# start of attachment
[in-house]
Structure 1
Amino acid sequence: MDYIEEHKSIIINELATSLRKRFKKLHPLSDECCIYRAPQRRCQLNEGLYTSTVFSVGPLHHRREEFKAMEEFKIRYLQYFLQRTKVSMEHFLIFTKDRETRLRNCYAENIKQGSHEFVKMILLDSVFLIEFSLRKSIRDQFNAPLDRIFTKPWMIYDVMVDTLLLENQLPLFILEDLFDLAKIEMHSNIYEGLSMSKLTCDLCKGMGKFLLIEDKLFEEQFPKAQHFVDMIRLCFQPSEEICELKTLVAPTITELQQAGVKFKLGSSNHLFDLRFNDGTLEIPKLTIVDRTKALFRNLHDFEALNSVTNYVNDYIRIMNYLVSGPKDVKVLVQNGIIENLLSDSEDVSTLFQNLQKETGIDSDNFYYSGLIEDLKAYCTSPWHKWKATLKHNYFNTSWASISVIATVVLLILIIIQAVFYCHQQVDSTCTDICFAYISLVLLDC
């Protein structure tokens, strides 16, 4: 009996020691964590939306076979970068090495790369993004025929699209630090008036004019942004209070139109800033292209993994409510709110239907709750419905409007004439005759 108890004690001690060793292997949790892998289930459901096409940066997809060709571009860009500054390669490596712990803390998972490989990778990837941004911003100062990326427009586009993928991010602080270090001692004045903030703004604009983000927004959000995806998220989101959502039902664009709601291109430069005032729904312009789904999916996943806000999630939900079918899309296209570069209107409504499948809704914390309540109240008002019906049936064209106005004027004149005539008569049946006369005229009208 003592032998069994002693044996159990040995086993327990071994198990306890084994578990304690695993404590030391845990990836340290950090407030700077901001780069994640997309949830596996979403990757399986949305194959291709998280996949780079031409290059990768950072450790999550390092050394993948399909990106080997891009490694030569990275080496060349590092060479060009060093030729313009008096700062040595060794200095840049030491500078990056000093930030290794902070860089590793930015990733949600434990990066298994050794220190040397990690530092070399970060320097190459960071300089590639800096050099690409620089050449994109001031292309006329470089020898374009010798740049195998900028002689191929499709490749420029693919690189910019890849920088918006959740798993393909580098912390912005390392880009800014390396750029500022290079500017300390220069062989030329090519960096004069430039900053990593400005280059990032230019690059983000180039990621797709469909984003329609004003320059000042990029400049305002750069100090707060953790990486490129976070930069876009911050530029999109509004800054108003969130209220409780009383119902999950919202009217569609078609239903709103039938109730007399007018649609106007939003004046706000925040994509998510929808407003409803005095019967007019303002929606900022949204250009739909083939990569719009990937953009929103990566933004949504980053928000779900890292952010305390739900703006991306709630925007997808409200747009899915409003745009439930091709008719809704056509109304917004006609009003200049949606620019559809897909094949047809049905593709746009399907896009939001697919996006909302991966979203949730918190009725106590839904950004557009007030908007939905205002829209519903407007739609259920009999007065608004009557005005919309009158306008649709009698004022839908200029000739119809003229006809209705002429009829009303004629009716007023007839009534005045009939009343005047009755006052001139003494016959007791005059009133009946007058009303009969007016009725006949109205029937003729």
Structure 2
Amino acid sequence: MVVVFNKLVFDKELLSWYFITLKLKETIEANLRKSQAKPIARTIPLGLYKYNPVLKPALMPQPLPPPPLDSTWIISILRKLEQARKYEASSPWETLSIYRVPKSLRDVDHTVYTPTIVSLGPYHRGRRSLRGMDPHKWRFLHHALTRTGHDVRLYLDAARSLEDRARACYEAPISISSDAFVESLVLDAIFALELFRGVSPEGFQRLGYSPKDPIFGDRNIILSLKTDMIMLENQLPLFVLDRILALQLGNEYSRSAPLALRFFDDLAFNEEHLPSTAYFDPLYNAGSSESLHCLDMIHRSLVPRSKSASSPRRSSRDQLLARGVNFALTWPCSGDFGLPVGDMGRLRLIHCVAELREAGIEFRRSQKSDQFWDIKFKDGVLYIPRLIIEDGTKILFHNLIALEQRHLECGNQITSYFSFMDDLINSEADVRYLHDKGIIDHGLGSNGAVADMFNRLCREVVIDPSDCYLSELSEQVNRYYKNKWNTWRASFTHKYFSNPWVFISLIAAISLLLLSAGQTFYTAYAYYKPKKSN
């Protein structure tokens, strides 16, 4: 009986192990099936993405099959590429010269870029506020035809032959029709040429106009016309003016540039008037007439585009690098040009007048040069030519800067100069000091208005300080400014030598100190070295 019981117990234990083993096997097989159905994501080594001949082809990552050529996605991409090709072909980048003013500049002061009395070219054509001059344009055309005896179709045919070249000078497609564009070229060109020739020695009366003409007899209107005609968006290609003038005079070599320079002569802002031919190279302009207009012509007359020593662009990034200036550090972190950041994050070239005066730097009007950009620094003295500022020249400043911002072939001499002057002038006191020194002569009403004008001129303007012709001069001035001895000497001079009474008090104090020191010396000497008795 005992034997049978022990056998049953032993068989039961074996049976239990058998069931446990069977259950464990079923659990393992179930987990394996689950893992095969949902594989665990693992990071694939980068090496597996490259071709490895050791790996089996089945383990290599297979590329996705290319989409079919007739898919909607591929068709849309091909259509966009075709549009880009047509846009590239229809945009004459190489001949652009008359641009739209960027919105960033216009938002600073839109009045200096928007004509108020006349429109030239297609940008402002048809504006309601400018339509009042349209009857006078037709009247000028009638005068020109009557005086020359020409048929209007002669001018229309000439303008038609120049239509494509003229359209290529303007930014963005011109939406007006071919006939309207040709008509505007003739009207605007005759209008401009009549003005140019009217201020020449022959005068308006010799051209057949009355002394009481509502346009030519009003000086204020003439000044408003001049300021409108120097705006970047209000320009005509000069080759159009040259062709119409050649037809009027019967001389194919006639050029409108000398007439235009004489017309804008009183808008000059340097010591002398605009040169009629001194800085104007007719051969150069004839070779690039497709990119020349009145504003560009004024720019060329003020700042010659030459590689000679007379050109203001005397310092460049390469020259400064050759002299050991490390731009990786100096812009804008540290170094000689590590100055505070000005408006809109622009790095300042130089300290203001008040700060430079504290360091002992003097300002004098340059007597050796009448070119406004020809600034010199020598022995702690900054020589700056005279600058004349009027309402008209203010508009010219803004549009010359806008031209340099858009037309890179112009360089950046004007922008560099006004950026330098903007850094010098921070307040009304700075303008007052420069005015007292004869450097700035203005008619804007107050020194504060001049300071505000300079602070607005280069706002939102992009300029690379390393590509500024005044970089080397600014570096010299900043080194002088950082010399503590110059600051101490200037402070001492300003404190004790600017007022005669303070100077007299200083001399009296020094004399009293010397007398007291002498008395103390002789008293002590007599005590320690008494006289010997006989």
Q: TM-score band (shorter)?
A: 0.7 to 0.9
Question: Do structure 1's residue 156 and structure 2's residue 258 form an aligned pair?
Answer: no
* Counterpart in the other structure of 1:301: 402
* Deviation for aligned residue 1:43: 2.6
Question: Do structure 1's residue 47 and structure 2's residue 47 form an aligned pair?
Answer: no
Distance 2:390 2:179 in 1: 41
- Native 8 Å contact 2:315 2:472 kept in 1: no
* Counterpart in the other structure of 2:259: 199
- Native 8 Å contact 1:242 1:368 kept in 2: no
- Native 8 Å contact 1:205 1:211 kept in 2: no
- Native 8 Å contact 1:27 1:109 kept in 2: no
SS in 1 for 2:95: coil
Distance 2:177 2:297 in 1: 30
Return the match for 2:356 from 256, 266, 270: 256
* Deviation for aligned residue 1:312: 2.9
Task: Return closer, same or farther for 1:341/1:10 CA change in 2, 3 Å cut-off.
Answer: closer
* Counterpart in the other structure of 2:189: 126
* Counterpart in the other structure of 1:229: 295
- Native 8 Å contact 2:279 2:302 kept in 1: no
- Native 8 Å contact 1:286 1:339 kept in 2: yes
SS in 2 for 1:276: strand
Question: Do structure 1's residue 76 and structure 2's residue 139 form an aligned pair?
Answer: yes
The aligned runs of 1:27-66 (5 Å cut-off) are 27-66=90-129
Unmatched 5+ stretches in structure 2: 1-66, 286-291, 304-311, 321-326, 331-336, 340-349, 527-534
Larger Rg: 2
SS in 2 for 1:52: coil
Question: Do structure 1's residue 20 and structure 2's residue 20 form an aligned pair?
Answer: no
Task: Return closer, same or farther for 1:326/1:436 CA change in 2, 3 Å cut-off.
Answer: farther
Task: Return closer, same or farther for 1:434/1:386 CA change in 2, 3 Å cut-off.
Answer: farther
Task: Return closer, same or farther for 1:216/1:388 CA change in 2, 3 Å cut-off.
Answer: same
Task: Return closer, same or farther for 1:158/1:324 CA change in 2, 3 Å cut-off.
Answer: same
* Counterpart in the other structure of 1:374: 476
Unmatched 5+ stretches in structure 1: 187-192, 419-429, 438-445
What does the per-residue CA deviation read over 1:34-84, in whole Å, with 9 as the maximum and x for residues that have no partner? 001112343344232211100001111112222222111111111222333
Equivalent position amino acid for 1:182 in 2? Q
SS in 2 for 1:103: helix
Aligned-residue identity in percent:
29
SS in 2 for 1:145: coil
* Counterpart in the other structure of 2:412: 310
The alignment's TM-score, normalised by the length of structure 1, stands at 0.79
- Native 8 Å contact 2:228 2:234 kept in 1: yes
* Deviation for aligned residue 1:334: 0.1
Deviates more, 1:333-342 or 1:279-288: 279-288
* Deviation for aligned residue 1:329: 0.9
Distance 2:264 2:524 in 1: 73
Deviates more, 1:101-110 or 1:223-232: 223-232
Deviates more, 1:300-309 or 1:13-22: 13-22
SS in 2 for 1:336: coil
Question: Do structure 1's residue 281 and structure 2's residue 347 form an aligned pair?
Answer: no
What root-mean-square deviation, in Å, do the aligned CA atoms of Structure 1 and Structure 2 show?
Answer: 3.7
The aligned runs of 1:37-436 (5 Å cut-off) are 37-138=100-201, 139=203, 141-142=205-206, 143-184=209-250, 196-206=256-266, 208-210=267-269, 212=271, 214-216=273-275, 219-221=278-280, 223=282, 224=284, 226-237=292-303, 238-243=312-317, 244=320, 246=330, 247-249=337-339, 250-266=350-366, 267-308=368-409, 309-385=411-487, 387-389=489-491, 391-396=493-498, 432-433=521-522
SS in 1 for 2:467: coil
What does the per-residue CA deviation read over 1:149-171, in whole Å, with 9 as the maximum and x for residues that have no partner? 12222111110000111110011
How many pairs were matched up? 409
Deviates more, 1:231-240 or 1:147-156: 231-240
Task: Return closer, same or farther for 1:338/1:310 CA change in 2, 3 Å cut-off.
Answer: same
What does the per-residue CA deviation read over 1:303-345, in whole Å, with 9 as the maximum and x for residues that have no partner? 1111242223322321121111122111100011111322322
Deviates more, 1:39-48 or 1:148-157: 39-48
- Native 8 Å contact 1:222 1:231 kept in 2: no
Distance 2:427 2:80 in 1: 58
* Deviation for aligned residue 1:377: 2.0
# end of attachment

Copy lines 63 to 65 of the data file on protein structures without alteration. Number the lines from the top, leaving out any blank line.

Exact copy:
Distance 2:264 2:524 in 1: 73
Deviates more, 1:101-110 or 1:223-232: 223-232
Deviates more, 1:300-309 or 1:13-22: 13-22